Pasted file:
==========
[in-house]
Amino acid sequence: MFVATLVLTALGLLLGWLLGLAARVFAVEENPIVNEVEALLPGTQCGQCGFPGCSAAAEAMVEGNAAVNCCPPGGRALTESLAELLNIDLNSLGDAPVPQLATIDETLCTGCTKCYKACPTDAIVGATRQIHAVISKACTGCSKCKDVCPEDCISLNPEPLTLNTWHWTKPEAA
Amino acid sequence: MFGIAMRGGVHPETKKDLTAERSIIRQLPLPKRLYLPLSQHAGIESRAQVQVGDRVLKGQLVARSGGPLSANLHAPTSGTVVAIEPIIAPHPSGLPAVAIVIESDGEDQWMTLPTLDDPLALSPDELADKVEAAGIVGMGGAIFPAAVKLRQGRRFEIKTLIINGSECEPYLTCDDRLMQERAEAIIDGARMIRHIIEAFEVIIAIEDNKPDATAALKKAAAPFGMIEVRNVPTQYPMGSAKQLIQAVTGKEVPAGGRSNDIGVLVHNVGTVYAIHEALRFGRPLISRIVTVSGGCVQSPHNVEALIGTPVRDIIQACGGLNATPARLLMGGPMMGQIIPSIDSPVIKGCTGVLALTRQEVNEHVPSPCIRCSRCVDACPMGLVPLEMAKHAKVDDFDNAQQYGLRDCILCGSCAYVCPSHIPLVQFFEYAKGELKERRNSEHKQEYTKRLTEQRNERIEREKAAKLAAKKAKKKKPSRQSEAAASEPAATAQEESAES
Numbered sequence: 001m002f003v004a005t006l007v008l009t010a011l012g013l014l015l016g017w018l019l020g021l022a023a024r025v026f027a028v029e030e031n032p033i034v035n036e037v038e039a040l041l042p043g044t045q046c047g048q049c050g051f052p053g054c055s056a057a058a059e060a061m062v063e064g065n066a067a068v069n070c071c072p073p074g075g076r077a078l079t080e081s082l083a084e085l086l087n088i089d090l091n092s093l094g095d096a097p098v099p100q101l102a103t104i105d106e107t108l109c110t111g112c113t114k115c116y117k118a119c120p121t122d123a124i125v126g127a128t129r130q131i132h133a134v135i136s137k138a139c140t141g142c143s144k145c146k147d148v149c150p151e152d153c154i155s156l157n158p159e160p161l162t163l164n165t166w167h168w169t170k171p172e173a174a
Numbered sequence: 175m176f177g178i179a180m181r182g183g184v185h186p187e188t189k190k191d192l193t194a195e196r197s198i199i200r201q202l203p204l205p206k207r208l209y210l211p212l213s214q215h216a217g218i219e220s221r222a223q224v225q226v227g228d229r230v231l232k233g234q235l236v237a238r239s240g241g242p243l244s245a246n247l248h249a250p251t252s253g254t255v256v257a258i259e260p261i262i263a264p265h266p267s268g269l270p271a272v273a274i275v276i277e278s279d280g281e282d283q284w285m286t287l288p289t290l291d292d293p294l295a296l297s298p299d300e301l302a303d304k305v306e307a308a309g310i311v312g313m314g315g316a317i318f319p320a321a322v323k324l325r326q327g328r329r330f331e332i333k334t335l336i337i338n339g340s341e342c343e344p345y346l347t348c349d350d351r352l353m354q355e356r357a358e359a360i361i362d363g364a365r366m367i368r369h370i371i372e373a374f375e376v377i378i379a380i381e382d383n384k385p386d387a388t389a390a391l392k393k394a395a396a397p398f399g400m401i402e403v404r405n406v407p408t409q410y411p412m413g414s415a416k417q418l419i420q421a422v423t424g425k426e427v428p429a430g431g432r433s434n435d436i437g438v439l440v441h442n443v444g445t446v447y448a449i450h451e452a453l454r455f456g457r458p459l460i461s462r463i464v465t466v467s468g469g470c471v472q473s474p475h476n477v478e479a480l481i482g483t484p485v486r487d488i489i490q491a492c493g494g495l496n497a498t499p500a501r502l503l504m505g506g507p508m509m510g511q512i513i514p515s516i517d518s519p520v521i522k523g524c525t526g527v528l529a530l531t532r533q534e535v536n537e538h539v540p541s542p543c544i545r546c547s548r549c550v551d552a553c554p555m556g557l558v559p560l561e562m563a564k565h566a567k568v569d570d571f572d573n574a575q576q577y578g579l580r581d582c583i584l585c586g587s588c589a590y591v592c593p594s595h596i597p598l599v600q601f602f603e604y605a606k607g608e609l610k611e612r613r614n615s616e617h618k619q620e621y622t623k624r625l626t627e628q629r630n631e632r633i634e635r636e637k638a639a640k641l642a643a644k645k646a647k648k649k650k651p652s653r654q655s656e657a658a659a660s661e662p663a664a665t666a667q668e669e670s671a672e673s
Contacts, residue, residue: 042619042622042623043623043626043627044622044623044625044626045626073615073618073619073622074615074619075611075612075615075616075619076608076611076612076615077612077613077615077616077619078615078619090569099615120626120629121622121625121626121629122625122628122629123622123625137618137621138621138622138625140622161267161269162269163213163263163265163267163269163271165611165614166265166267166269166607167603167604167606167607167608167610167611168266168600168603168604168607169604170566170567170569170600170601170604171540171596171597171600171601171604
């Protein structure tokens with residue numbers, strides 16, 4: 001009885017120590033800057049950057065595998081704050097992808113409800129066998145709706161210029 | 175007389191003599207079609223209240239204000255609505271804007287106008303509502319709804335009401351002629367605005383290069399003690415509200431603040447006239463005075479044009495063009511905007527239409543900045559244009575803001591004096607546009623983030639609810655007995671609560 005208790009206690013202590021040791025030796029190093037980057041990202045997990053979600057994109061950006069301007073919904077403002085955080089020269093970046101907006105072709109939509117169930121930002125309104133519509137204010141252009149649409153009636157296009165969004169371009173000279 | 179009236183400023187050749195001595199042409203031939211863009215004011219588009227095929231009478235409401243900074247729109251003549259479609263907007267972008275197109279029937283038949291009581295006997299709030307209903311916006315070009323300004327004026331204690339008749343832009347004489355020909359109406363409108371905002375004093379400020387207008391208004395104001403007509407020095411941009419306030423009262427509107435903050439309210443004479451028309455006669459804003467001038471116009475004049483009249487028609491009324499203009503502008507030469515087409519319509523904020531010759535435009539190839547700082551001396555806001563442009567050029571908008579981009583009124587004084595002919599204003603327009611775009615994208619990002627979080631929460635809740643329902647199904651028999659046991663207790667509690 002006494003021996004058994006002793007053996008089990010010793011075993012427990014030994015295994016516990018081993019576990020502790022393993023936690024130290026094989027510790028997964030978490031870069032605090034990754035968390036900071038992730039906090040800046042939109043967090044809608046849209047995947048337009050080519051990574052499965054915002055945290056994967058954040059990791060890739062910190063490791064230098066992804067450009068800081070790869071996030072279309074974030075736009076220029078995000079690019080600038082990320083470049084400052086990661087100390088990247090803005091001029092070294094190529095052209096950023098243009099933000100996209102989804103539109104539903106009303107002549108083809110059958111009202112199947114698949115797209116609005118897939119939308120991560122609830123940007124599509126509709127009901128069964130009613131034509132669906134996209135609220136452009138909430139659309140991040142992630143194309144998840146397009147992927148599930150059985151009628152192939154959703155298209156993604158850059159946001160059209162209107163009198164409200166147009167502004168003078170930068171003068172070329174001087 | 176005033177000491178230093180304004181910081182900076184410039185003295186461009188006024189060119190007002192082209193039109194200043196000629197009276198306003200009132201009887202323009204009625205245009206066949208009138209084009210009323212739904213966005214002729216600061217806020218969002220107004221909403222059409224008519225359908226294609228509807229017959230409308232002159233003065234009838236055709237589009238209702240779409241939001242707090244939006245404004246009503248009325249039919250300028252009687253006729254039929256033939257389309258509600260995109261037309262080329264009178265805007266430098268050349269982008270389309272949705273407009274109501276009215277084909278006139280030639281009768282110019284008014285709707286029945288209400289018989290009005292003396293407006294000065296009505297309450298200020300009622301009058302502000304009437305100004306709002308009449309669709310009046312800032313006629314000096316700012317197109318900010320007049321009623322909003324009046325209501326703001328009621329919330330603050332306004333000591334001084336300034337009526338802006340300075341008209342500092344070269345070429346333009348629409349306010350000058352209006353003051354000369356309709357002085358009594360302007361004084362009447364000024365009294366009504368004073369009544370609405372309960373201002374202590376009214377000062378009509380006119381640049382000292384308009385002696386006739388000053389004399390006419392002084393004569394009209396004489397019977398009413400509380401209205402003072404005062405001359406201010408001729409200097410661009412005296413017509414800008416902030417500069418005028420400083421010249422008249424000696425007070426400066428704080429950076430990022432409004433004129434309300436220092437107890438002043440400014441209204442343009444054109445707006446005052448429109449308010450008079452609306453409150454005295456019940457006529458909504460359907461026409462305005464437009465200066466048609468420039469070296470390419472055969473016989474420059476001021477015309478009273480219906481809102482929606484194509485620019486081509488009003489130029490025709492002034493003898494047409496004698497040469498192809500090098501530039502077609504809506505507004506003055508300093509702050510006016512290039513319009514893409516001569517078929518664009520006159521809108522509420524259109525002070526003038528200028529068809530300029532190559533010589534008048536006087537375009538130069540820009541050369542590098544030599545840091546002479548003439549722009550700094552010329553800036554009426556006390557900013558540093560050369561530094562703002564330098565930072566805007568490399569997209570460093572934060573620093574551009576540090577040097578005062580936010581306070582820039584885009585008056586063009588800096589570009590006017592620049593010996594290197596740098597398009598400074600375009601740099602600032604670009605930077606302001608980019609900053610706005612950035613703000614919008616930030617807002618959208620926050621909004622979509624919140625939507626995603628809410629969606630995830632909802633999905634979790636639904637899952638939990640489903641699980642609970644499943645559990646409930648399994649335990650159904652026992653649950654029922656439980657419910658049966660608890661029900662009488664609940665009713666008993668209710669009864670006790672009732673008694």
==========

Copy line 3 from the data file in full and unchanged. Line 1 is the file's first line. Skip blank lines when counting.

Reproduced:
Amino acid sequence: MFGIAMRGGVHPETKKDLTAERSIIRQLPLPKRLYLPLSQHAGIESRAQVQVGDRVLKGQLVARSGGPLSANLHAPTSGTVVAIEPIIAPHPSGLPAVAIVIESDGEDQWMTLPTLDDPLALSPDELADKVEAAGIVGMGGAIFPAAVKLRQGRRFEIKTLIINGSECEPYLTCDDRLMQERAEAIIDGARMIRHIIEAFEVIIAIEDNKPDATAALKKAAAPFGMIEVRNVPTQYPMGSAKQLIQAVTGKEVPAGGRSNDIGVLVHNVGTVYAIHEALRFGRPLISRIVTVSGGCVQSPHNVEALIGTPVRDIIQACGGLNATPARLLMGGPMMGQIIPSIDSPVIKGCTGVLALTRQEVNEHVPSPCIRCSRCVDACPMGLVPLEMAKHAKVDDFDNAQQYGLRDCILCGSCAYVCPSHIPLVQFFEYAKGELKERRNSEHKQEYTKRLTEQRNERIEREKAAKLAAKKAKKKKPSRQSEAAASEPAATAQEESAES